Document Type

Journal Article

Publication Title

Pathogens

Publisher

MDPI

School

School of Medical and Health Sciences

RAS ID

35540

Funders

Edith Cowan University - Open Access Support Scheme 2021

Comments

Masaka, E., Reed, S., Davidson, M., & Oosthuizen, J. (2021). Opportunistic premise plumbing pathogens. A potential health risk in water mist systems used as a cooling intervention. Pathogens, 10(4), 462. https://doi.org/10.3390/pathogens10040462

Abstract

Water mist systems (WMS) are used for evaporative cooling in public areas. The health risks associated with their colonization by opportunistic premise plumbing pathogens (OPPPs) is not well understood. To advance the understanding of the potential health risk of OPPPs in WMS, biofilm, water and bioaerosol samples (n = 90) from ten (10) WMS in Australia were collected and analyzed by culture and polymerase chain reaction (PCR) methods to detect the occurrence of five representative OPPPs: Legionella pneumophila, Pseudomonas aeruginosa, Mycobacterium avium, Naegleria fowleri and Acanthamoeba. P. aeruginosa (44%, n = 90) occurred more frequently in samples, followed by L. pneumophila serogroup (Sg) 2–14 (18%, n = 90) and L. pneumophila Sg 1 (6%, n = 90). A negative correlation between OPPP occurrence and residual free chlorine was observed except with Acanthamoeba, rs (30) = 0.067, p > 0.05. All detected OPPPs were positively correlated with total dissolved solids (TDS) except with Acanthamoeba. Biofilms contained higher concentrations of L. pneumophila Sg 2–14 (1000–3000 CFU/mL) than water samples (0–100 CFU/mL). This study suggests that WMS can be colonized by OPPPs and are a potential health risk if OPPP contaminated aerosols get released into ambient atmospheres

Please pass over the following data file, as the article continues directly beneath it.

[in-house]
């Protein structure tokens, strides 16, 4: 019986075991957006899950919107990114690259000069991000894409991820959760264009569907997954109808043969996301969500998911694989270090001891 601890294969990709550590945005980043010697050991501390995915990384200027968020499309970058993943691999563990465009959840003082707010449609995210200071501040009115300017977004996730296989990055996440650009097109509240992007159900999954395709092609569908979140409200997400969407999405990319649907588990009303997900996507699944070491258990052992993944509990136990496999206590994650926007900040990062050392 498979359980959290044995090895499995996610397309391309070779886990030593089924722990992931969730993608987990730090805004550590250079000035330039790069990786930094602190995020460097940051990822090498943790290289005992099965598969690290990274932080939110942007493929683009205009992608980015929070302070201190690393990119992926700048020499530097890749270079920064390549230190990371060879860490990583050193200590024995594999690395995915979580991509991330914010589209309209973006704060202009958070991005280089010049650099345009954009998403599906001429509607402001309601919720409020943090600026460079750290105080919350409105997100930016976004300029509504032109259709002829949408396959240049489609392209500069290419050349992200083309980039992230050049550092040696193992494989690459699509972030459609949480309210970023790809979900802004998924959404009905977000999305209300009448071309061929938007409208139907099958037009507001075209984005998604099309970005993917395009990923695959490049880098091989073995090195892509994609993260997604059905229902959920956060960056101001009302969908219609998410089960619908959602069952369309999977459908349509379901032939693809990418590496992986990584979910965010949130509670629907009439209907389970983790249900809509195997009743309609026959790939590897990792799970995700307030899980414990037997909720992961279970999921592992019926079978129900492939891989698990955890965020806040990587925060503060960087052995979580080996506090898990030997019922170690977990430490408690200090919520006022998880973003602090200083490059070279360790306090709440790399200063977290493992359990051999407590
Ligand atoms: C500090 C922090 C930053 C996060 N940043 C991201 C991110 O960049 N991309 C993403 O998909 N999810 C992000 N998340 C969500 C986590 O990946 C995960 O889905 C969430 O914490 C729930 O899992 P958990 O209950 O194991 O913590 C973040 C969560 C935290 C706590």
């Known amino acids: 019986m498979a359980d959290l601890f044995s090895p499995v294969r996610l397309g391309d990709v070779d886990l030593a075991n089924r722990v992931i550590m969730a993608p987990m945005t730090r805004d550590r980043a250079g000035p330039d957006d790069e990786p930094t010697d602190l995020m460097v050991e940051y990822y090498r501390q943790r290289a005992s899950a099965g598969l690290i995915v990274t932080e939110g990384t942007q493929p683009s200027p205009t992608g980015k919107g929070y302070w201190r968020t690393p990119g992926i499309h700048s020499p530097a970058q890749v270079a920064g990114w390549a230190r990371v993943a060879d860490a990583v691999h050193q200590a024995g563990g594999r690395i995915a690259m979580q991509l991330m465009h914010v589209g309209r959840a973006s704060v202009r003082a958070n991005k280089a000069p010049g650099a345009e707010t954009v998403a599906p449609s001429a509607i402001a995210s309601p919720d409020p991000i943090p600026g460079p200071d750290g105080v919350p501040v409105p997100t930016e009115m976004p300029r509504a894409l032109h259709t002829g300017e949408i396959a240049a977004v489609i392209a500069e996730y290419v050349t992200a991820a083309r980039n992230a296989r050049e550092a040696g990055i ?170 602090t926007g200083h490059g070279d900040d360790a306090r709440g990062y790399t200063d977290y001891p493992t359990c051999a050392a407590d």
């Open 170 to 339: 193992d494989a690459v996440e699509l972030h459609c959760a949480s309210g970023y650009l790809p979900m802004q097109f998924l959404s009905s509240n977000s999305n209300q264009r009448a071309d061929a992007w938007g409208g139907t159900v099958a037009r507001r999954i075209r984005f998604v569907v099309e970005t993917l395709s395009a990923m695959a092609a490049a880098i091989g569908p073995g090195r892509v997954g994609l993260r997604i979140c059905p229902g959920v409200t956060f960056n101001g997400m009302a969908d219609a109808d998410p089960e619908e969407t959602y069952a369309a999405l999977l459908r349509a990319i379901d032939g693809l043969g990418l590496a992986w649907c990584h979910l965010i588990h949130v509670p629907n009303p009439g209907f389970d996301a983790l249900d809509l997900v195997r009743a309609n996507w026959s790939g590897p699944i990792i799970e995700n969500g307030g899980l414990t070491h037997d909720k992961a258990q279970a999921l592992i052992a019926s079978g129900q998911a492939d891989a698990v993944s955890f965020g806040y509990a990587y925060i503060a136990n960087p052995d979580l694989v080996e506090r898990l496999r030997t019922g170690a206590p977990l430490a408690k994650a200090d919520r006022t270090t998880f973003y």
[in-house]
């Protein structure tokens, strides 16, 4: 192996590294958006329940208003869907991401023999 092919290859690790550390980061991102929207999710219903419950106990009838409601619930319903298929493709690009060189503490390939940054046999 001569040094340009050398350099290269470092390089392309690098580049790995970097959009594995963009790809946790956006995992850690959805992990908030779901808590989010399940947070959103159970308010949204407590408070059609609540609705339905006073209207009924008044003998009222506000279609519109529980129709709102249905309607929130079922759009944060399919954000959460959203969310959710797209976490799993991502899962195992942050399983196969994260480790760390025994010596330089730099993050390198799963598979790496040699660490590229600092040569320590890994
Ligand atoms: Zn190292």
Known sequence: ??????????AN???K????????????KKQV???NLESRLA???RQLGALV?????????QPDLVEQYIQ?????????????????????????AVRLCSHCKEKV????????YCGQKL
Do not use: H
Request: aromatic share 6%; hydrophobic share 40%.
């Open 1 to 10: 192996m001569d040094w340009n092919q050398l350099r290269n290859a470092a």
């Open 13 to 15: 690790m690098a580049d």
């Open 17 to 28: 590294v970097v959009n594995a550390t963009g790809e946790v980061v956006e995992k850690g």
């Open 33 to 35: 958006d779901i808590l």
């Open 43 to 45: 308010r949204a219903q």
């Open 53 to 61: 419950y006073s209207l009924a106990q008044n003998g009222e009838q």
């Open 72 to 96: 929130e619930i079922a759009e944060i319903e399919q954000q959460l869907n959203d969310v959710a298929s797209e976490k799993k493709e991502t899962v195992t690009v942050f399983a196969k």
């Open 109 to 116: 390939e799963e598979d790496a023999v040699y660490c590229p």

DOI

10.3390/pathogens10040462

Creative Commons License

Creative Commons Attribution 4.0 License
This work is licensed under a Creative Commons Attribution 4.0 License.

Research Themes

Health

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